Cambodia Puts Brakes on Pig Imports

Illegal pork import in Prey Veng province on 22 June 2022. Photo: Cambodia Livestock Raisers Association

PHNOM PENH – Cambodia has banned the import of pigs from Vietnam for nine months. Agriculture officials say there is enough local livestock to meet demand.

However, there is still a problem of illegally imported pigs from neighboring countries,  says Tan Phannara, director-general of animal health and production at the Ministry of Agriculture.

Phannara spoke on July 19 at a conference on “Achievements of the past five years of the Ministry of Agriculture, Forestry and Fisheries.”

“The Ministry of Agriculture has stopped the approval for importing pigs for nine months. I guarantee that we will not need to import any until the end of the year,” Phannara said.

Srun Pov, president of the Cambodia Livestock Raisers Association (CLRA), said Cambodia needs 8,000 pigs per day and currently there was much more livestock than the market demanded.

This was because fish had been abundant in this rainy season, leading to a decrease in the demand for pork.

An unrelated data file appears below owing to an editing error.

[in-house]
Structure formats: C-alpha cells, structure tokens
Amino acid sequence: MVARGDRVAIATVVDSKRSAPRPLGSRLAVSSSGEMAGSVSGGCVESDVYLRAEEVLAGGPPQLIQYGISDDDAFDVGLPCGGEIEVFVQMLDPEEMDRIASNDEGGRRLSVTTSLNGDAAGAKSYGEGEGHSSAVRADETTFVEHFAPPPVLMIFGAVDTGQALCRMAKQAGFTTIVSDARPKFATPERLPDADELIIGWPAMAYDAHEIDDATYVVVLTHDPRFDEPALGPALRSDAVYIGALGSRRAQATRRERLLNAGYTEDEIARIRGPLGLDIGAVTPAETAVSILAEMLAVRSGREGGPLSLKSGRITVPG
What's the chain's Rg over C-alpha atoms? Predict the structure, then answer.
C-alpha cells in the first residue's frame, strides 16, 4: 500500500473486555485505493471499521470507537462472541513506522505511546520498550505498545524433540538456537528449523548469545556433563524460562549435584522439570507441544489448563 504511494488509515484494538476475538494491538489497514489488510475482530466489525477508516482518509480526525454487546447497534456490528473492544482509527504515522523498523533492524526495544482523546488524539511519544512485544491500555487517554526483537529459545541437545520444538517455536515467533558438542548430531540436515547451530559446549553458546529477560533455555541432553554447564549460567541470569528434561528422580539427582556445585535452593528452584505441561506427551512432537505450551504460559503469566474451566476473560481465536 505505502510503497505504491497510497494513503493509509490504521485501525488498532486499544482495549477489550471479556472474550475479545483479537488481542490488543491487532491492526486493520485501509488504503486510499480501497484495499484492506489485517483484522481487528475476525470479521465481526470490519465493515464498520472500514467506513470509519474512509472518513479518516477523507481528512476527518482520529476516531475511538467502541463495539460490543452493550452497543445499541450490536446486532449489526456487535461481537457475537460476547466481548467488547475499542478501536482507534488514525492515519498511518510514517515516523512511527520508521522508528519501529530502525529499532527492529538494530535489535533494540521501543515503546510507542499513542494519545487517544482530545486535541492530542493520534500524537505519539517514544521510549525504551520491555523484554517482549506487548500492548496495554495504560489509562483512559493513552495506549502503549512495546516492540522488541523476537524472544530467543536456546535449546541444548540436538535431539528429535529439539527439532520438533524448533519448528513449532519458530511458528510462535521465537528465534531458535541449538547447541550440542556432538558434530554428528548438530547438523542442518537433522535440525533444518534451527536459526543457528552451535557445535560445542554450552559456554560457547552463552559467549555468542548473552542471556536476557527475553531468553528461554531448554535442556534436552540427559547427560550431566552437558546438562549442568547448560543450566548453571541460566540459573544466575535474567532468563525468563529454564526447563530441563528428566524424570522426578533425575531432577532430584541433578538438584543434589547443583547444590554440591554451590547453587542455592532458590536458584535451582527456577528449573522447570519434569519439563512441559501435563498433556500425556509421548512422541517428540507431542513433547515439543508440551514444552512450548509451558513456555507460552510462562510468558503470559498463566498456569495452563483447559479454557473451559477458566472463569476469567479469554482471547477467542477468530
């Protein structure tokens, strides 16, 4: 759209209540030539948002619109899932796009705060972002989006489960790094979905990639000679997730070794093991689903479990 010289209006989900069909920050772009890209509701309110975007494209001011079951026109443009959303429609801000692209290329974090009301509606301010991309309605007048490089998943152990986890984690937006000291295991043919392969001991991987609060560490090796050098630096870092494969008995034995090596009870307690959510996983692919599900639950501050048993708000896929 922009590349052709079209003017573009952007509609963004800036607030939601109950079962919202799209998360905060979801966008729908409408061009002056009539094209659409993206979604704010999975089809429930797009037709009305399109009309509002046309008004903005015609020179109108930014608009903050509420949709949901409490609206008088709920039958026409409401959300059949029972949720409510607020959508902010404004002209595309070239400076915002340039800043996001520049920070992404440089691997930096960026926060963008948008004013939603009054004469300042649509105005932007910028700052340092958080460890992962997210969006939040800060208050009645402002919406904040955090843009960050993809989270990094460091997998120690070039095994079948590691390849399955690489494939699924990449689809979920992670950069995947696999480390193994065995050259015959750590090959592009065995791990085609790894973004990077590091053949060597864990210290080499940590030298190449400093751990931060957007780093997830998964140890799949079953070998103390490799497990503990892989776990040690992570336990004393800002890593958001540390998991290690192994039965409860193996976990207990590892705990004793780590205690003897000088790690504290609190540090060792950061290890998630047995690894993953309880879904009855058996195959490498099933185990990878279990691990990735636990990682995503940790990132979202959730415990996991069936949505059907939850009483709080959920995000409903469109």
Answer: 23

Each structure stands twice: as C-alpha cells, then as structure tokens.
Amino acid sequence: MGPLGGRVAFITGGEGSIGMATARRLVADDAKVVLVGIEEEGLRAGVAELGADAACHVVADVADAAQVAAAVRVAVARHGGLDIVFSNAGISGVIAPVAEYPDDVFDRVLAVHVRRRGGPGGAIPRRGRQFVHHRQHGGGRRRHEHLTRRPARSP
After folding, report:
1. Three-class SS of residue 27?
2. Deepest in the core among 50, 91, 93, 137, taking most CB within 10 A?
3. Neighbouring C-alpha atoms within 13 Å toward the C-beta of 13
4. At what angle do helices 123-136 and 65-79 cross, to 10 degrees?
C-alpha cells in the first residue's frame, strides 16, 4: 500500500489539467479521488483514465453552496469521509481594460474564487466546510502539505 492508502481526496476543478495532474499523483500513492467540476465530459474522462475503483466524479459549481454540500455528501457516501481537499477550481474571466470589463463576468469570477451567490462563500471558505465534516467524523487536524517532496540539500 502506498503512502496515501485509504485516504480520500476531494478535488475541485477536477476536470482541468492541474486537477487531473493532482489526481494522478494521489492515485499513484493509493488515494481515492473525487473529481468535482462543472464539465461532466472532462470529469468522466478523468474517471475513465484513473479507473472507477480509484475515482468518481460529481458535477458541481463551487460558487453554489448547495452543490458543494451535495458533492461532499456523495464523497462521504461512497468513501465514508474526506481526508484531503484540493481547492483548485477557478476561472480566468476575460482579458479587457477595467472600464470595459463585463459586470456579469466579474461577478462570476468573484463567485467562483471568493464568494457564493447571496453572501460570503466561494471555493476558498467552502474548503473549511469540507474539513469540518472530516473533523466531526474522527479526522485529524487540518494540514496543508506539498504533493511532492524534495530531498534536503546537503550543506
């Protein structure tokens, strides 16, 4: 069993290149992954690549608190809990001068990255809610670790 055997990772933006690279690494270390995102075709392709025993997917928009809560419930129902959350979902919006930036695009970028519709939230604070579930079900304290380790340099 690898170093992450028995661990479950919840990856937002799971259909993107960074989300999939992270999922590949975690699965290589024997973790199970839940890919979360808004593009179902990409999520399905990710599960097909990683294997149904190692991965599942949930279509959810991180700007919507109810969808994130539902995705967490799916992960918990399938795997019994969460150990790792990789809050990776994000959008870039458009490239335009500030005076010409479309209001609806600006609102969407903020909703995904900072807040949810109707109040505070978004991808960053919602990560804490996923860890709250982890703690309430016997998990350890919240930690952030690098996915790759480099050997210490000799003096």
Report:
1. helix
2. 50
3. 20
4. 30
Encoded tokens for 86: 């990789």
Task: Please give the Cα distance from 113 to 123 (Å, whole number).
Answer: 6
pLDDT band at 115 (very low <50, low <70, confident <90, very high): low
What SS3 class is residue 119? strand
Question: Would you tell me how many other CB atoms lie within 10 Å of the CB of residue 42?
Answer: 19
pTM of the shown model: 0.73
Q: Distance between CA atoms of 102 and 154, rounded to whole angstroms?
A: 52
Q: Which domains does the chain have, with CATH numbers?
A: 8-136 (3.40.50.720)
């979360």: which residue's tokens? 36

Pov said the price of live pigs was about 11,000 riel ($2.69) per kilogram, which also concerned him.

“The association is worried about the farmers. I am afraid that they might stop raising pigs if they lose money and there may be problems with undersupply in the future," he said.

Cambodia stopped importing pigs from Vietnam and Thailand early this year because they were affecting prices. The risk of importing African swine fever was another reason as there is no vaccine or medication to treat it.

However, the Ministry of Agriculture said the smuggling of illegal pigs continued. Last week, the General Directorate of Animal Health and Production burned 80 pigs infected with African swine fever  which had been imported illegally in Prey Veng province.   

Animal production in 2021 increased by 11.2 percent, and domestic supply rose by 87 percent, compared with 2020. Commercial animal husbandry increased from 20 percent in 2017 to 39 percent in 2021.

Originally written in Khmer for ThmeyThmey, this story was translated by Meng Seavmey for Cambodianess.

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